True Confessions of a LOL Kind

Don’t get hopeful. LOL here means “Little Old Lady.”
I belong to a LOL group in a small church. Last week at our meeting, several LOL’s expressed concerns for the welfare or a growing homeless population in our small rural town. Our church doesn’t have much money and the women who don’t work are mostly between seventy and ninety-three. So, I offered to research the problem to find out the main places the homeless were gathering and what groups were already helping them to see if there was a way for us to contribute to one of those in some small way. The next day I was preparing for my turn to lead part of Sunday’s service by reading the Lectionary Scriptures for that Sunday. All of them were focused on helping the poor, including the Gospel story of the Rich Man and Lazarus, the beggar at his gate. This is a “Come to Jesus and Get with the Program” scripture, plain and simple. So, I gave one of my tiny sermonettes (I call them sermons from the molehill as opposed to on the mount or from the pulpit). And I ended it with,”The question Jesus is asking us today is, ‘Who is the beggar at YOUR gate?”
I had left my purse at the far end of the pew near the door, but when turning the pulpit over to our minister, I sat down at the other end of the pew. Usually my husband is with me, but he was out of town on a family emergency. A few minutes later, an elderly woman came in the door and sat down right behind my purse. She looked shabby enough to be homeless. I happened to have a rare hundred dollar bill that I had been saving for a couple of months in my purse. My first concern, I’m ashamed to confess, was that the woman would steal my hundred dollars. I didn’t want to be obvious about this by scooting across the empty pew and grabbing my purse. About then I noticed that she was crying. Instead of concern, I saw this as a chance to slide down and give her some kleenex out of my purse and then just sit there hanging on to my money. Another LOL saw her crying and came over to console her and find out what was wrong. It turned out she was being evicted from a room she rented, because she was behind in her rent. Well, I sat there thinking “beggar at my gate!” So, I finally got my hundred dollar bill out and handed it to her. Instead of being happy about doing that, I just consoled myself that she hadn’t gotten my credit card. Talk about your LOLC…(That’s Little Old Lady Curmudgeon.)
Any way, one of our Deacons went with her after church and paid her rent and a couple from the neighborhood took her to the grocery and bought her food. Well I’m sure she thought Christmas had come early, because she insisted that she wanted to keep coming to our church if someone would give her a ride on Sundays. I’ll be honest, we’re a liberal church and it’s much more natural for us to take care of people’s physical needs than spiritual. Though preferably at a moderate distance. And liberal though we are, she looked pretty flea bitten. So far nobody, including yours truly, has offered to pick her up. My first thought was we’d better find a bus, because when she went back with the “good news,” the rest of the almost homeless people living where she did were going to want to come too.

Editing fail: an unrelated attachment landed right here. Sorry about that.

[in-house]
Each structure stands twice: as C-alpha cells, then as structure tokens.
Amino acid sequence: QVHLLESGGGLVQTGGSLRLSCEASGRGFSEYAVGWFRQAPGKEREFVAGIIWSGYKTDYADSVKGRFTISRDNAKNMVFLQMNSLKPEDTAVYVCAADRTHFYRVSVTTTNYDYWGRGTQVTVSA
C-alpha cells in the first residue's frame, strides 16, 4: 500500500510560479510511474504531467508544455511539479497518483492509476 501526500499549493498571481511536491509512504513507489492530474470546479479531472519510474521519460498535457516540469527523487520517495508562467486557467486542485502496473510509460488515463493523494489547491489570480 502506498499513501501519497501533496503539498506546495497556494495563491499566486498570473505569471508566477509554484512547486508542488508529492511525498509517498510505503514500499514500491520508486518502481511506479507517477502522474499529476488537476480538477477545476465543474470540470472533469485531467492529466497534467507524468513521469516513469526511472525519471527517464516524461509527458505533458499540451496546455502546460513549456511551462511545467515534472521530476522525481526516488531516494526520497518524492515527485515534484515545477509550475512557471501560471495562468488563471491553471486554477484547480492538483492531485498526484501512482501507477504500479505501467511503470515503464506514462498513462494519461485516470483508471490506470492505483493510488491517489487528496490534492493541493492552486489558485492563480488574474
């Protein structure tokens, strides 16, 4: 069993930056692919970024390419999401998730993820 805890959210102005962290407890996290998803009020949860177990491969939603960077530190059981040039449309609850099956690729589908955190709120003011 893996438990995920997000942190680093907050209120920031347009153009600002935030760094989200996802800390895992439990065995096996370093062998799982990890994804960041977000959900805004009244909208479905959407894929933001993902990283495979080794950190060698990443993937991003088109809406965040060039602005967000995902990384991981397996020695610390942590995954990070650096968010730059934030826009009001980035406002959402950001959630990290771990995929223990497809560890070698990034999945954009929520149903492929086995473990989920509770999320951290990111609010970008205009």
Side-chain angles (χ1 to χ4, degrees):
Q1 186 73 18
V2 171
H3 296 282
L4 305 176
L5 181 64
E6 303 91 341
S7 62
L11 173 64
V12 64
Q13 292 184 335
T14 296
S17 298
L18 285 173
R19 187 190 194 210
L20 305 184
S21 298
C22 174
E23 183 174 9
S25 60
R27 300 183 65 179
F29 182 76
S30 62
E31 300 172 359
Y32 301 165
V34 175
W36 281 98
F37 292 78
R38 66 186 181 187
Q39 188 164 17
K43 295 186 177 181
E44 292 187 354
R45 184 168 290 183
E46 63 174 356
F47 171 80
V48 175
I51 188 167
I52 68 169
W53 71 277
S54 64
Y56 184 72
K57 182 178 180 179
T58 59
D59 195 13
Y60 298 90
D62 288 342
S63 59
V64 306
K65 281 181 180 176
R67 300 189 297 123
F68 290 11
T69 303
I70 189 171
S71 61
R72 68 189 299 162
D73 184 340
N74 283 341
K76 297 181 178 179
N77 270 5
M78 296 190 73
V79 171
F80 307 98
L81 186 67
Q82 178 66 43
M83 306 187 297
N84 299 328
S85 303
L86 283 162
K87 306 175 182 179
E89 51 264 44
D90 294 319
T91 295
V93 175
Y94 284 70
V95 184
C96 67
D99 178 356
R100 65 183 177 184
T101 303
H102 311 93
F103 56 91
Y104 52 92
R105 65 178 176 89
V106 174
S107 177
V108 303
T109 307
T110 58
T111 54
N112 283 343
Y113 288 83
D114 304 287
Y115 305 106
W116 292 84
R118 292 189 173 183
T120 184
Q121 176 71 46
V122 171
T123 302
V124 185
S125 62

My friend, the LOL Deacon, has started planning on gathering help from some of our more prominent citizens to find a building to house the homeless, hire a director, and get grants to underwrite it’s upkeep. I confess that right now that sounds like a totally overwhelming project to me, but I am trying to be open to the grace to at least pick up our new friend, Wanda, and bring her to church on Sunday. Feel free to pray for all concerned. When I was a new Christian, I was so idealistic and impractical, I ended up getting literally robbed by people I helped and my children harmed even by people in Christian ministry that I took into my home. So, now I’m trying to “be as wise as serpents and innocent as doves.” Mt.10:16 Funny thing, the name of our church’s women’s group is “The Doves.”

Eileen, the reluctant Christian

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About Eileen

Mother of five, grandmother of eleven, great-grandmother of seven, 1955 -1959 Rice University in Houston, TX. Taught primary grades; Was Associate Post Director of Religious Education at Ft. Campbell, KY; Consultant on the Myers/Briggs Type Indicator; Presently part time Administrative Assistant/Bookkeeper for Architect husband of fifty-seven years. Blog: Laughter: Carbonated Grace

Posted on October 1, 2016, in discernment, doubt, faith, fear, Jesus, Judging, Justice, Love and tagged , , , , , , . Bookmark the permalink. 4 Comments.

  1. I love how open and honest you are about your feelings here, Eileen. So many of us want to ‘help’ those less fortunate than us, but we also harbor a fear of being used, robbed, hurt. For good reason. How to find the right balance is a difficult task and one your LOLs seem to be doing beautifully.
    A group of women in the church I used to attend in CA also called themselves LOLs — Ladies Out for Lunch. 🙂

    • Our problem is our ages range from 70 to 93…..so we aren’t able to do what we used to manage. Worst things about being old or poor, not being able to help others as much.

  2. Every other month I have lunch with a friend who recently celebrated her 95th birthday. We are more than 3 decades apart in age, but as close in thought, dreams, philosophy, as twins. When she talks, I listen and learn. That’s what the elderly can give others, never leaving their chair. And that’s what anyone under the age of 70 must realize. They need to get off of their butts and visit the wise ones.

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